The fight scenes are awesome and truly gory, with Scott Adkins taking one hell of a beating for two hours. My main issue is that Van Damme and Lundgren were barely in this movie, and I. Want. Them. Adkins looks exactly like Ben Affleck, which is distracting, and his character sucks. Like, super sucks. And yet he’s on screen 75% of the time, so it was difficult to really care about the film overall. I was interested in the story, but not the protagonist, so that makes it only partially worth it, to be honest. Plus at times it was downright hard to watch, I felt a little queasy afterwards, possibly from all the intense strobe light visions.

Day of Reckoning is definitely daring, and I applaud Hyams and crew for taking the UniSol series in such a strange and unexpected direction. It just didn’t quite work for me, and definitely didn’t have enough of Van Damme and Lundgren doing their thing!


Pair This Movie With: Um I guess the aforementioned other Universal Soldier movies are ok. Alternatively there are definitely Apocalypse Now connections.

Top Five: Favorite Movies of 2012

2012-headerObviously I’ve been a bit slow this year with my year-end listing, but well the past few months have been terrible, and the whole year sort of feels like a loss since I spent most of it super stressed from my first year of grad school. I’ve missed a lot of 2012 releases but I’ve been trying to make up for it this month, and while there are still a couple I’m missing (most notably Holy Motors and Cosmopolis), I feel like I can do some sort of list for myself, as has become my custom. I think I’ve said it before but just to reiterate, I’m never a person to declare something “best”, I think all taste is subjective so all I can do is list my personal favorites- movies I want to watch again and again, ones that affected me on an emotional level, and ones I found most memorable. For this reason my lists typically don’t have the prestige-type films that I often see on other lists, but hey, I haven’t seen most of them this year anyway!

Overall I didn’t watch as many movies as last year, and generally fell off in blogging due to school and personal issues. But maybe this year will suck less. WHO KNOWS. At least I made a lot of pretty artwork in 2012. Oh yes. Anyway, list is below, all titles link to my original reviews, some of which are at 366 Weird Movies so don’t be confused. There were some pretty good movies this year, as usual, but I was most excited about all the great animated fare.

The Avengers
The most fun I had at the movies in a good long while, I saw this 3 times in a theater, which is rare for me. It’s just everything I want in a superhero movie- exciting, action-packed, funny, and perfectly character-driven. AND THERE’S A KICKASS LADY WHAAAAT. OH WAIT TWO OF THEM. And everyone is perfect, basically. I know it’s not actually breaking the mold of a typical superhero flick, but it definitely stretched it. And gosh darn it’s just so FUN, I wanted to instantly re-watch it the second it was over. Certainly the mark of a successful movie?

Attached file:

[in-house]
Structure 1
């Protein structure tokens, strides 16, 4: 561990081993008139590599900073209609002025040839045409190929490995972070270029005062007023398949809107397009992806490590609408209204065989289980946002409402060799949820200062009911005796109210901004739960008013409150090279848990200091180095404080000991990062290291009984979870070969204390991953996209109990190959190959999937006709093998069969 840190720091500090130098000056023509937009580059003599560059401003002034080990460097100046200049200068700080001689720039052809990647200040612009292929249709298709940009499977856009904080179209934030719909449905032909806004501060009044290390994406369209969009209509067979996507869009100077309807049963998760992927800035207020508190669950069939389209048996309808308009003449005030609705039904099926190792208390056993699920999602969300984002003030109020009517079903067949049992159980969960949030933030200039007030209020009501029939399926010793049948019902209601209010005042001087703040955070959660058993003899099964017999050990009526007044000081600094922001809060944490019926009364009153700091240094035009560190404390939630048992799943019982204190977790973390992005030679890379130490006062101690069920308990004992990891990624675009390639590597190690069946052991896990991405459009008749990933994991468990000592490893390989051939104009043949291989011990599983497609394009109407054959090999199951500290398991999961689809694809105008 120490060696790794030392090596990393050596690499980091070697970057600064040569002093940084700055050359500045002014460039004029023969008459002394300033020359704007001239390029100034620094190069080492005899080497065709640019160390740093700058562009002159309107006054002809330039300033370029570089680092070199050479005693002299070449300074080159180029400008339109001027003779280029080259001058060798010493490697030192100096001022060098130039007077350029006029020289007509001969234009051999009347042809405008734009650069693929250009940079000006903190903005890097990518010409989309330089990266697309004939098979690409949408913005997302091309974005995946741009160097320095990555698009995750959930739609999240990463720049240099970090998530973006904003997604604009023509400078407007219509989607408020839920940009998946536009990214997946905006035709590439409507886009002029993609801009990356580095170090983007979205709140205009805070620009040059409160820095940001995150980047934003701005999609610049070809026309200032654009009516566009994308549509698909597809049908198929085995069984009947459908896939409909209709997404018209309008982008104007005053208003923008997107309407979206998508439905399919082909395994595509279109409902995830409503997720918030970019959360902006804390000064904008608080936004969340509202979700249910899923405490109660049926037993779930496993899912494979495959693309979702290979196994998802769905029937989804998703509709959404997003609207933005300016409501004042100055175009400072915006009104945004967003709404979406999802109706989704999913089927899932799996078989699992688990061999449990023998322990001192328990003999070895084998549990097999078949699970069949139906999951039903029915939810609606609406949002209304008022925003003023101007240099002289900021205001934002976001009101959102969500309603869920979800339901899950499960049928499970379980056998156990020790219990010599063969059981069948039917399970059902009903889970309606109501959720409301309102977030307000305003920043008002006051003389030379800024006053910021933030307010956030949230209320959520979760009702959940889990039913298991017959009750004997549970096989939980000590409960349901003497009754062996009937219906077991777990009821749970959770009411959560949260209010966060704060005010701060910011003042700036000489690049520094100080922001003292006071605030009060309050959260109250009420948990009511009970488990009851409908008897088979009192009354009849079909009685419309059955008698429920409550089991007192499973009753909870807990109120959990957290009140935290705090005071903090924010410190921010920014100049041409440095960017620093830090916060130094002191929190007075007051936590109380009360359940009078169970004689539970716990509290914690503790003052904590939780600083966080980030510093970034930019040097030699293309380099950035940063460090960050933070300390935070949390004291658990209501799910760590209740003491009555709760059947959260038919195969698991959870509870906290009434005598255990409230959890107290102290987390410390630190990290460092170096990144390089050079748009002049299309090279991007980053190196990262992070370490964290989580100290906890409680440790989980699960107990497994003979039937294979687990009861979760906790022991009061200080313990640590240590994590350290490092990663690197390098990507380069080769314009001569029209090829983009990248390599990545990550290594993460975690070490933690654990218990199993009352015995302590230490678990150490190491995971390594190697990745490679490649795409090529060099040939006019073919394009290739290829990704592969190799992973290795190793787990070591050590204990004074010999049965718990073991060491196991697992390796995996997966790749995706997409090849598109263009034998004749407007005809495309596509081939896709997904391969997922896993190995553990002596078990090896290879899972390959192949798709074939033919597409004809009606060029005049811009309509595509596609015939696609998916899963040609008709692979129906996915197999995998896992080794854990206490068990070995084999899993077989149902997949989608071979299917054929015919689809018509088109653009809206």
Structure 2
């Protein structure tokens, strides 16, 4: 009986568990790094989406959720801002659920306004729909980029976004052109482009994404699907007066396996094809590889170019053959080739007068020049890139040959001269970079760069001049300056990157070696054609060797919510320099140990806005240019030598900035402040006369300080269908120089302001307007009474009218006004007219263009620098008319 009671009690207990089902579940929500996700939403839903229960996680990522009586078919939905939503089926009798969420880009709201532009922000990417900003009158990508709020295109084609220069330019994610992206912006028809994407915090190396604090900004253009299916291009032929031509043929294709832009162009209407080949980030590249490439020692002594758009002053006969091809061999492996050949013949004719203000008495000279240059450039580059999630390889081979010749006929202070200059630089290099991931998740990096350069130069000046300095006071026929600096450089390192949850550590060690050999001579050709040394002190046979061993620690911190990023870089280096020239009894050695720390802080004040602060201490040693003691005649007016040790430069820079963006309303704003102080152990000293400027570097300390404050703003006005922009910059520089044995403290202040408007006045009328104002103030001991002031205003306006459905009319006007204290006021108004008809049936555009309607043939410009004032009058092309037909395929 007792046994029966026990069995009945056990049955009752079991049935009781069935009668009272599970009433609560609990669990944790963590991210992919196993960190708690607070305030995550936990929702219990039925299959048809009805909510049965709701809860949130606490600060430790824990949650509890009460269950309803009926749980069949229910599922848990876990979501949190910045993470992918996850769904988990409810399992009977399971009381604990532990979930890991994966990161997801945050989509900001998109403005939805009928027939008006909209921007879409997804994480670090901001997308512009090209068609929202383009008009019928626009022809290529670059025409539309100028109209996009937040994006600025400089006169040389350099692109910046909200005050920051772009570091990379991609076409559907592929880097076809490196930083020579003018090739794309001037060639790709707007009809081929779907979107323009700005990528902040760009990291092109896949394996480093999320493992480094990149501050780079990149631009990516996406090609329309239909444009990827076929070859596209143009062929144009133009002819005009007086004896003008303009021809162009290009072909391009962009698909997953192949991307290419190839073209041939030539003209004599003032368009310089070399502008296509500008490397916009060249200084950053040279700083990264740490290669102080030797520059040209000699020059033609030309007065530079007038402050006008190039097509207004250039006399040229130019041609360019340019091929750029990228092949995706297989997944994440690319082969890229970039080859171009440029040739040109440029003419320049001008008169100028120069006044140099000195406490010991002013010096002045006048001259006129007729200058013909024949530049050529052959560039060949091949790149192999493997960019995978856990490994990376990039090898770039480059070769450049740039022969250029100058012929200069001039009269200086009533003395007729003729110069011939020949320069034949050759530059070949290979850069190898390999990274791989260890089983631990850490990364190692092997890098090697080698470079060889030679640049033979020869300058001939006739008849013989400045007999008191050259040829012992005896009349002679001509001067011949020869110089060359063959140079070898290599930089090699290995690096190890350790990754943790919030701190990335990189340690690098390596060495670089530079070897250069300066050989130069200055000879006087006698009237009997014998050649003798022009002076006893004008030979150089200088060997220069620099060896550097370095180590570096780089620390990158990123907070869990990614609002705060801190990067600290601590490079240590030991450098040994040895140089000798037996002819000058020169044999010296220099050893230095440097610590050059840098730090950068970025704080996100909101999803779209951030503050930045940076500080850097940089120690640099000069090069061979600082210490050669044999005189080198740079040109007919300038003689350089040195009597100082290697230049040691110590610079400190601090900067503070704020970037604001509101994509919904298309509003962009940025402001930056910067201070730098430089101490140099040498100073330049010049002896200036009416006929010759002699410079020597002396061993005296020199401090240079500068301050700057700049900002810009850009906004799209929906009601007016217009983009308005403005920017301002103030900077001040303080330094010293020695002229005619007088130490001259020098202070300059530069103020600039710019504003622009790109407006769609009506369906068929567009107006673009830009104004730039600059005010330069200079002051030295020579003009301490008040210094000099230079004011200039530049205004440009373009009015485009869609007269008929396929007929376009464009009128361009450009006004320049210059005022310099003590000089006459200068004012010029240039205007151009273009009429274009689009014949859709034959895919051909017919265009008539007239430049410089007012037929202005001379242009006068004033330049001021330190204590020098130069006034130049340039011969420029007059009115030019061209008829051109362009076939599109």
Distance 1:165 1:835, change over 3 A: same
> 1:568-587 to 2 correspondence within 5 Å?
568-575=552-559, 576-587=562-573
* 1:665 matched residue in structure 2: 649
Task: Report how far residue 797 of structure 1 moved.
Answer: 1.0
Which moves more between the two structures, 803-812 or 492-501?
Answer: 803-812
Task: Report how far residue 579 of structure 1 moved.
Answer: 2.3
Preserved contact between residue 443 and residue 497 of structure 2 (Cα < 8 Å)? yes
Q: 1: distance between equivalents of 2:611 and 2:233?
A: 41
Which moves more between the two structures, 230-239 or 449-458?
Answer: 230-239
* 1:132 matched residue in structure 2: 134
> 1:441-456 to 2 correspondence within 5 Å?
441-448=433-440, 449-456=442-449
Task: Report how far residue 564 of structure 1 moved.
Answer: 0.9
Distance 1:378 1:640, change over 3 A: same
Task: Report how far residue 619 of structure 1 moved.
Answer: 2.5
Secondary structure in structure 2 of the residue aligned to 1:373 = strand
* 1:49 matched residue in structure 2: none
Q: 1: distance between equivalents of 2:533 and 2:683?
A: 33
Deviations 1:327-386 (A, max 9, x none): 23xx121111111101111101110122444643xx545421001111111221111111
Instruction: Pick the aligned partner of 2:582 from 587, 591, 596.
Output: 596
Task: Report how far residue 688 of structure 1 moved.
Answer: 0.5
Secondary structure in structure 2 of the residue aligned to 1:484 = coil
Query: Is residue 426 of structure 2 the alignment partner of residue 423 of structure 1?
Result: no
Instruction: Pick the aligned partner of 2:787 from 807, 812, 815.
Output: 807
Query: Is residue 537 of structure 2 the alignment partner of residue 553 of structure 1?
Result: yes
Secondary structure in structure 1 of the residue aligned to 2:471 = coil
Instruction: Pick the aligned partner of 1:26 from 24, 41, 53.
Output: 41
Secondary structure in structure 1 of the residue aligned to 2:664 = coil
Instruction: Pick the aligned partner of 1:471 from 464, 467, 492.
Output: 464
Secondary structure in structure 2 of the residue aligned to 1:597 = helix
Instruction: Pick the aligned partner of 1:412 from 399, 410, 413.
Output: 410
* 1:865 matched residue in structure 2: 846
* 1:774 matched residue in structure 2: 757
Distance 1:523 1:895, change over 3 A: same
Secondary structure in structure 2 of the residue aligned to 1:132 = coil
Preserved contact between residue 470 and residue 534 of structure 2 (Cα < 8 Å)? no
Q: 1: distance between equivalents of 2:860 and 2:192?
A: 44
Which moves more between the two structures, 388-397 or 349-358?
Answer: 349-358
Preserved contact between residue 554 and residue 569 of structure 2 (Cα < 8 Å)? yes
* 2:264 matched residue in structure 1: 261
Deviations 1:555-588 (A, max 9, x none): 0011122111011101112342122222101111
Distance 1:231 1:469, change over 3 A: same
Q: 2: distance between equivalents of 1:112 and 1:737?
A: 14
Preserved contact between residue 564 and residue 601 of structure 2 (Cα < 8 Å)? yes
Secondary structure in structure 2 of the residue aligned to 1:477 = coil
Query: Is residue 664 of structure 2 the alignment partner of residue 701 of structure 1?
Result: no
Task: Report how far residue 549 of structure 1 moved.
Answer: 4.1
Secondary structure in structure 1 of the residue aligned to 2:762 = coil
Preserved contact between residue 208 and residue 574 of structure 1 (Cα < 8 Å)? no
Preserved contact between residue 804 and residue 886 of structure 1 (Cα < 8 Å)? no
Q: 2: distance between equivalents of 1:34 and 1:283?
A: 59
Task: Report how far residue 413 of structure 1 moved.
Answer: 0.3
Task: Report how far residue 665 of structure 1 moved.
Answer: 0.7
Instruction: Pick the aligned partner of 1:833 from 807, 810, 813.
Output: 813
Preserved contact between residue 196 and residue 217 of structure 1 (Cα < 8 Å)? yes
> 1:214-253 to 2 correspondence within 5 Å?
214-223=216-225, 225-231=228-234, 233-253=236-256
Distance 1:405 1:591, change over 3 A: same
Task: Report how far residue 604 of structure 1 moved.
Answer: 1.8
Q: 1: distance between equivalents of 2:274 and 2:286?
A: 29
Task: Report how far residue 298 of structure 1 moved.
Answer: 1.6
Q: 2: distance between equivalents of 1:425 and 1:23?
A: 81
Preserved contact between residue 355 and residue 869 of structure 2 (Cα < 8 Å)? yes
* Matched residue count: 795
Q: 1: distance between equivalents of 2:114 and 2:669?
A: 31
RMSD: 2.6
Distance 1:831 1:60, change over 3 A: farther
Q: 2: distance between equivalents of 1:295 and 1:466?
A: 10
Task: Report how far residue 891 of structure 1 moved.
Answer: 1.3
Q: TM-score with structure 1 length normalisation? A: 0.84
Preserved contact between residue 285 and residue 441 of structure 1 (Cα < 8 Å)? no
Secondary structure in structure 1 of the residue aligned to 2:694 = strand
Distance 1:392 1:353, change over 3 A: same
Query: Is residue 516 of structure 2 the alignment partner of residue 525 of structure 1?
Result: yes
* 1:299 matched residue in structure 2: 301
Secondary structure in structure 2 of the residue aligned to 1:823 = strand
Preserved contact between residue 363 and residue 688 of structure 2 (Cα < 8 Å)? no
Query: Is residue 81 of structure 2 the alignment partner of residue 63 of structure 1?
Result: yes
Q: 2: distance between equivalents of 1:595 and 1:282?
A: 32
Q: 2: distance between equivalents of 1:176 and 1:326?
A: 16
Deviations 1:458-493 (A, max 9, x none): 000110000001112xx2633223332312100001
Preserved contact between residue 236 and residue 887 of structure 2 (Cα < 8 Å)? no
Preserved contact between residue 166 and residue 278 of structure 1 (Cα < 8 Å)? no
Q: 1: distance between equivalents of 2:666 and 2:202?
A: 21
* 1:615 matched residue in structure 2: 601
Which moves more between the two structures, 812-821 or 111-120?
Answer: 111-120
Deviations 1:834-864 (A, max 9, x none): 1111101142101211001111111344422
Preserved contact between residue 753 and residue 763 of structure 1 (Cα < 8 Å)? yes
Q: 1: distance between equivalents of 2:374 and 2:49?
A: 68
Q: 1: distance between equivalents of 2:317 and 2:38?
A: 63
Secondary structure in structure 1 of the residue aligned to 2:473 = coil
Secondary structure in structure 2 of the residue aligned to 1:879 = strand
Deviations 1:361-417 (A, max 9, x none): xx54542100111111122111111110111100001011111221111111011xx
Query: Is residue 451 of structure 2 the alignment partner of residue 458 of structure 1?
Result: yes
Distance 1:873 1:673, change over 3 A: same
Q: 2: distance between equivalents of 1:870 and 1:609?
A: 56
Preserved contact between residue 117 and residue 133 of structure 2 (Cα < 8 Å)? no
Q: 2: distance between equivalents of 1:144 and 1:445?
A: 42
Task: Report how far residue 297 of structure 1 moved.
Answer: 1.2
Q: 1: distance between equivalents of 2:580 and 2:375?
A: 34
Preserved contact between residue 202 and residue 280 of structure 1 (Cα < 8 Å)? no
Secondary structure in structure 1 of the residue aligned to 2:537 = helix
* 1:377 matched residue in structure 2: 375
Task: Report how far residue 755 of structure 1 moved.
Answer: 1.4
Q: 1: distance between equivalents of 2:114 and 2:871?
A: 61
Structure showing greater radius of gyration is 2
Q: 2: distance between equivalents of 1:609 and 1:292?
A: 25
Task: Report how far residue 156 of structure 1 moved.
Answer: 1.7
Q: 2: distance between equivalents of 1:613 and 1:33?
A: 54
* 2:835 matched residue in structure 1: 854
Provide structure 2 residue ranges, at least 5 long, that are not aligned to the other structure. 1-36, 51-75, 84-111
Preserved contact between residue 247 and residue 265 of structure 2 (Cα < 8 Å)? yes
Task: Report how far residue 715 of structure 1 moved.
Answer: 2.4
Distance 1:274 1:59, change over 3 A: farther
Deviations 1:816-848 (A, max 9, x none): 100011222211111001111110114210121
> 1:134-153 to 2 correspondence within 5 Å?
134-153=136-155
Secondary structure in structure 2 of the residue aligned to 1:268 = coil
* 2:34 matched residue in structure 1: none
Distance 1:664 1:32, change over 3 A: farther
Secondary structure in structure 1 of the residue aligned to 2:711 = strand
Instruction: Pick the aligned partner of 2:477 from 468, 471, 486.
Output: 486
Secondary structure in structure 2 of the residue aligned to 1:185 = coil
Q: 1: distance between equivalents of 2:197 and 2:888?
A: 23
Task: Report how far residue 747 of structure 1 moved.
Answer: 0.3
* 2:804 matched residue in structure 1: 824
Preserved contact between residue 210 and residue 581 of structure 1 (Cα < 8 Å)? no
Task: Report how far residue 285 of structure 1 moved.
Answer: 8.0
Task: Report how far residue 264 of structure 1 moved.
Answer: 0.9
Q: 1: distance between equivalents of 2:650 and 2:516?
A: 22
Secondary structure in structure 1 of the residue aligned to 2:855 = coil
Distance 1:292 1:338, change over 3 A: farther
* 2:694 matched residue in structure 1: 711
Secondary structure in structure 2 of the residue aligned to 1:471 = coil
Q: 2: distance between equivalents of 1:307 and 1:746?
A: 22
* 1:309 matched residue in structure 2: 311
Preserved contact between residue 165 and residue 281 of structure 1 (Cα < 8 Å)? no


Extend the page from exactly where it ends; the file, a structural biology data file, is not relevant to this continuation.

Beasts of the Southern Wild
Beautiful, dreamlike visuals, an effective musical score, inventive storytelling, and a truly impressive performance by young star Quvenzhané Wallis; I consider this film a memorable and unique experience. It’s definitely an interesting step for fantasy/science-fiction filmmaking, and I really hope Wallis has a long career ahead of her (unless she decides to become a dentist, which I believe is her goal).

For a Good Time, Call…
I feel like this is the main one that won’t be on many other End-of-Year lists, but I just really loved it. It’s light-hearted and really funny, and left me with a huge smile on my face and a hankering for girl bands. The parodying of romantic comedies through the framework of a female friendship is strangely brilliant, and the two leads are super charming. Plus it’s raunchy but not in a self-satisfied way, you know?

Dude. Gina Carano. The most kickass lady I’ve ever seen, probably? This movie is so rad, it’s just all fighting and running and spy mysteries and an unknown Carano kicking the shit out of all these attractive Hollywood hunks. It’s a solid action/thriller without being too stupid. I loved it! Thanks Steven Soderbergh!

This is the main movie I’ve found myself recommending to people this year, because I think that on the surface it does not look as amazing as it truly is. This is not some Tim Burton knockoff, this is a superbly animated, surprisingly progressive family-friendly horror-comedy. I loved the Salem Witch Trial-inspired story, the seriously fantastic visuals, the horror movie references, and especially the deft handling of character- most of them are first presented as stiff stereotypes but their personalities are presented as layered and unexpected. It’s just a great, great movie. And funny!

Honorable Mentions
Beauty is Embarrassing
Cabin in the Woods
Sound of Noise
The Pirates! Band of Misfits

And I need to give a special shout-out to Manborg, which was on my 2011 list because I saw it at Toronto After Dark and absolutely adored it, but it got more play in 2012 so I think some are considering it 2012? No matter its year, it’s amazing and I just want to laud it some more. Laud laud laud.